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AI’s Legal Magic: Despite Pitfalls, Attorneys Test Machine Learning

6 min read

Despite some data “hallucinations” and a detour into the magical world of Harry Potter, artificial intelligence makes a strong case for itself in the legal profession.

Big law firms like McGuireWoods of Chicago and Thompson Hine of Washington are training hundreds of professionals in AI use, including lessons in crafting prompts to get useful machine-learning responses.

But Arkansas firms are wading carefully into the AI world, with human lawyers double- and triple-checking AI’s work in e-discovery, brief-writing and research.

The American Bar Association has urged courts and lawyers to confront ethical and legal issues surrounding AI use. It also asked the government not to use pretrial risk assessment tools unless the data supporting them is transparent, publicly disclosed and validated against bias.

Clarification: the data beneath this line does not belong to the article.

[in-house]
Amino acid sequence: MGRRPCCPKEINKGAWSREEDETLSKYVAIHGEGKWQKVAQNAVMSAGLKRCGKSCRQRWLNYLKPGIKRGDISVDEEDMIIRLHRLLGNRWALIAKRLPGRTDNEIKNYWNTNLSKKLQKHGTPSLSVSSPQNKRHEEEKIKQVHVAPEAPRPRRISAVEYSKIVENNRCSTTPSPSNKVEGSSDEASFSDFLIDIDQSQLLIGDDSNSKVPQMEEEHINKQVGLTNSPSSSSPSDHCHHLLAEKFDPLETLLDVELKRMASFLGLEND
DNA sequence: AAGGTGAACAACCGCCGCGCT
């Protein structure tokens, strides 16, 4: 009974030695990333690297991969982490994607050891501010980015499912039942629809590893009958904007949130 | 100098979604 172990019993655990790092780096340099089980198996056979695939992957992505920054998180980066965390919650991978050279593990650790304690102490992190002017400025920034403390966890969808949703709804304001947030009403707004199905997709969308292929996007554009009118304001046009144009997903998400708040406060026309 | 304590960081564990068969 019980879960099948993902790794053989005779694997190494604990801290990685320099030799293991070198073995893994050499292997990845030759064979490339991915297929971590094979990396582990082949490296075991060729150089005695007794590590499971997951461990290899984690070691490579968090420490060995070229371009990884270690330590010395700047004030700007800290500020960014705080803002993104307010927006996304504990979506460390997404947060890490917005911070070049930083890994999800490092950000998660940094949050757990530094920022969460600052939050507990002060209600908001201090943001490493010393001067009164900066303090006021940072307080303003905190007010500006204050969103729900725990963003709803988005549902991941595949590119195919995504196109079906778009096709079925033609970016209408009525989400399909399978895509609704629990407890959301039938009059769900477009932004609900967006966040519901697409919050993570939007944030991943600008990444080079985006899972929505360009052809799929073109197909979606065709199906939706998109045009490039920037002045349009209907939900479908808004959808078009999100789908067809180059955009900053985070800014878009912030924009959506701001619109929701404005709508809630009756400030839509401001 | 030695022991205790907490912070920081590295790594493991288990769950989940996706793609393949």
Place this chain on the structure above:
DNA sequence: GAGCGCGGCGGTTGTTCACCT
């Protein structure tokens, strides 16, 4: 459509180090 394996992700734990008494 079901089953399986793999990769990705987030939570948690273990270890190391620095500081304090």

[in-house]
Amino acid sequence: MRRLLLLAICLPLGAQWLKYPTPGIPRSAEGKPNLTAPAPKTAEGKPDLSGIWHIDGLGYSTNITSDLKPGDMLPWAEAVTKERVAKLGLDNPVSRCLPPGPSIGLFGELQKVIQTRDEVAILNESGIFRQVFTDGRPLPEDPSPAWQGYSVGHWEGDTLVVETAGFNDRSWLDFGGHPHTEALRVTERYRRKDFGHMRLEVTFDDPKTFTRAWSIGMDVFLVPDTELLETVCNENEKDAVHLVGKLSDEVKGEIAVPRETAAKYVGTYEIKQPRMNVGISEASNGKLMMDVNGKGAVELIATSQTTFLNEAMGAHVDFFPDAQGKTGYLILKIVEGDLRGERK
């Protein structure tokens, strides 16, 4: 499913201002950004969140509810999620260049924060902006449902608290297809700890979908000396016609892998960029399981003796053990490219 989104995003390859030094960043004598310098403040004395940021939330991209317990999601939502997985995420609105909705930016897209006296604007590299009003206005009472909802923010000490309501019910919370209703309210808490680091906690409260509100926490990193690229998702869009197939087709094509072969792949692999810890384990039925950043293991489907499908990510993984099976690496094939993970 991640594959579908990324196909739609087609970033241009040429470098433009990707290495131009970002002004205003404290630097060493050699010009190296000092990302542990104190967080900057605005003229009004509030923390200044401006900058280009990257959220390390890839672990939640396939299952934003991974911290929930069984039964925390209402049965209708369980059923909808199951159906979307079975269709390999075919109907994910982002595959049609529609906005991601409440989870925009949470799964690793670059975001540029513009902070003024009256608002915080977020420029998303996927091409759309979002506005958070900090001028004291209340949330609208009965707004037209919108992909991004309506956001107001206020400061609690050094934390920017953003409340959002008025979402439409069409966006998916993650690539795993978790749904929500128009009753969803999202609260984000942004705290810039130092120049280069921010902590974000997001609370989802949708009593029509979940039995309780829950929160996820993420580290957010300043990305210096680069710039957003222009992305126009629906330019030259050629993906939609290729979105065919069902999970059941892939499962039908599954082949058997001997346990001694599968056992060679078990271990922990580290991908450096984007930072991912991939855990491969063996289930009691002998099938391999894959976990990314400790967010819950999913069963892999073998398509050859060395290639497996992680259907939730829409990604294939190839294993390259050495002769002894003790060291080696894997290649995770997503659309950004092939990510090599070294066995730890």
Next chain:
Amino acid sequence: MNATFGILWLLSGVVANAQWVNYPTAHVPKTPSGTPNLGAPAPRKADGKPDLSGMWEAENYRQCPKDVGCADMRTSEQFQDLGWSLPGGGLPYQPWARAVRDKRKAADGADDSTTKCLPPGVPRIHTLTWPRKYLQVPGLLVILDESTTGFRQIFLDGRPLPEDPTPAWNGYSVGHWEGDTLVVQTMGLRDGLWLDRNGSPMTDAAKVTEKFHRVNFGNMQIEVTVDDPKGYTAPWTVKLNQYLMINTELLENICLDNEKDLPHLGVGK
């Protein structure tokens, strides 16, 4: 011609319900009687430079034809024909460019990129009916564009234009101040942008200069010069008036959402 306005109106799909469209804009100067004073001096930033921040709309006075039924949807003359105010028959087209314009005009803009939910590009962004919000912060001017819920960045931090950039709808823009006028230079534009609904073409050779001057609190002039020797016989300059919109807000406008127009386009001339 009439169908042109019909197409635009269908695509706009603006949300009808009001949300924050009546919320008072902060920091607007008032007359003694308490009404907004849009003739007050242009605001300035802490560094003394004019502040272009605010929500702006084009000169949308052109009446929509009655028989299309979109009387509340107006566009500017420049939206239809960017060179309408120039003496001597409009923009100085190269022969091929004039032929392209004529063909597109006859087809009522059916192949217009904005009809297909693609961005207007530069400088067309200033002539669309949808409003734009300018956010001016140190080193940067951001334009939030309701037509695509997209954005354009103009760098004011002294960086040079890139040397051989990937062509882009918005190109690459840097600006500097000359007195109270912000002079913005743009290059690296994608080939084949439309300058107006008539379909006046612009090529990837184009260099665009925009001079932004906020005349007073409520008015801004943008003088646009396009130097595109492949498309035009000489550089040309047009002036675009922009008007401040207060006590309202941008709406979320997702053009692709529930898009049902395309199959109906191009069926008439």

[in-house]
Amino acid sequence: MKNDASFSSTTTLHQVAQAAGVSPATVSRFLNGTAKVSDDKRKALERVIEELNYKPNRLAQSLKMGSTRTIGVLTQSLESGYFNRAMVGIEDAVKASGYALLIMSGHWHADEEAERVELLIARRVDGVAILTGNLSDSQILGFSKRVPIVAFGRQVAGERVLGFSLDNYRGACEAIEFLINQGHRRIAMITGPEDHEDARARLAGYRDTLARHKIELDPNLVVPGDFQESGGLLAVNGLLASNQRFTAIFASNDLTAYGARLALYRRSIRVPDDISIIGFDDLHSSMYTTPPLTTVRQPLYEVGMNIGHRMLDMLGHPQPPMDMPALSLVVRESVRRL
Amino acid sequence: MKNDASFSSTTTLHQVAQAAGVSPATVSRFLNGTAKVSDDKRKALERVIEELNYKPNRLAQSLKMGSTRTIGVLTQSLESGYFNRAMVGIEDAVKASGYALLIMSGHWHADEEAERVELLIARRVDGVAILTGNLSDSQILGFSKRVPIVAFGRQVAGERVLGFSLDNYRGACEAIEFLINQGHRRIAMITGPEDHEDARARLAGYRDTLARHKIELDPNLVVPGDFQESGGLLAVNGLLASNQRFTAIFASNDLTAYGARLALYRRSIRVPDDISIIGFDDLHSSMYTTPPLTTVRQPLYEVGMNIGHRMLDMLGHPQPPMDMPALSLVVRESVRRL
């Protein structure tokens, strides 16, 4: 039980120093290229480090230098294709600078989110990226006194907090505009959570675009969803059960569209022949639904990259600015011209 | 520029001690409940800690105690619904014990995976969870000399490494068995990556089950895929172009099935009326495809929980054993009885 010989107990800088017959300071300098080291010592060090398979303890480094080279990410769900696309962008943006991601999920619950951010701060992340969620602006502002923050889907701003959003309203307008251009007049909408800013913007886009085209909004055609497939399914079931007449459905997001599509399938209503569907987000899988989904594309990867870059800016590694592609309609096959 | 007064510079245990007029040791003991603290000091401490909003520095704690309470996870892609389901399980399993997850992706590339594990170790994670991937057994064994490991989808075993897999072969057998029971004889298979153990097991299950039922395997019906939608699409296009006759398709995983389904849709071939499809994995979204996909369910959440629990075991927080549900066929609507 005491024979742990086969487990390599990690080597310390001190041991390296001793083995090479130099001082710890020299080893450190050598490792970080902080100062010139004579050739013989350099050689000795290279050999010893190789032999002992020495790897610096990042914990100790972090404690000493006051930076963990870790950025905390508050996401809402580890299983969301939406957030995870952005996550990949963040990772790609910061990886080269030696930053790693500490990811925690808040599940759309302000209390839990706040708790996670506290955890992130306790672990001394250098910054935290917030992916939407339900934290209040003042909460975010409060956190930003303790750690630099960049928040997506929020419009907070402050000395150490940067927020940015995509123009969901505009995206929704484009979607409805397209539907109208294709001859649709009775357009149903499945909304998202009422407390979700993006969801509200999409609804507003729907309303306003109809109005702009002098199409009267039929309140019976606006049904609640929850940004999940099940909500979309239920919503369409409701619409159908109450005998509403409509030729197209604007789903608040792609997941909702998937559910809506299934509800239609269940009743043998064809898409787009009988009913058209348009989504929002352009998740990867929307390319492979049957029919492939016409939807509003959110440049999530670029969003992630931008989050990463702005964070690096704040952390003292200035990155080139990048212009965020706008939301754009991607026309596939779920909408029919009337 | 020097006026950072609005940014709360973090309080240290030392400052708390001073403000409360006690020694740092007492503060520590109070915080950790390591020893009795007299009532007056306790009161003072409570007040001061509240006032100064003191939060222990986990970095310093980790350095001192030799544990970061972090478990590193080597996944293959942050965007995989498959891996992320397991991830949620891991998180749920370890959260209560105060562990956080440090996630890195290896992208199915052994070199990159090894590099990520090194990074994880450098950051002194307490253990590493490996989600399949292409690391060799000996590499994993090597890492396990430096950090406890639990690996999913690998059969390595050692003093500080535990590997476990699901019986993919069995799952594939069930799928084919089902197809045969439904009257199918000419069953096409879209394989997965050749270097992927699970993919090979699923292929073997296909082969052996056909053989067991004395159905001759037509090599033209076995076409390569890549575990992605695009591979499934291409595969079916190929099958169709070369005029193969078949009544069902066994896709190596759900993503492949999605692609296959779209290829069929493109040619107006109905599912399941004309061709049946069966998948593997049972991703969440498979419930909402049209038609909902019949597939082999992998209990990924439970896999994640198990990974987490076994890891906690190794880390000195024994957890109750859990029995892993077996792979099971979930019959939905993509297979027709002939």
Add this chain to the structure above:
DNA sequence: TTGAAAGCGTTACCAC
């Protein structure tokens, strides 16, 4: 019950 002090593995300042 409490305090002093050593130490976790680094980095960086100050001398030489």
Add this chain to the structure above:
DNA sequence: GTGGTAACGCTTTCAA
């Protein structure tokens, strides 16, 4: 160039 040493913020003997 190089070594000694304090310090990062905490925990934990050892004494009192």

Chris Cameron, director of information technology at the Center for Arkansas Legal Services, thinks AI offers benefits for lawyers, including efficiency in research and discovery. But he cited some glaring AI pitfalls.

“There was a judge in a case out of New York, reacting to responses made by ChatGPT, and the judge called them ‘utterly and unusually unpersuasive,’” Cameron said. “And then there was a famous case, Mata v. Avianca Inc., where the AI actually cited fake cases.” Judge P. Kevin Castel of the Southern District of New York sanctioned two attorneys who relied on AI in that case.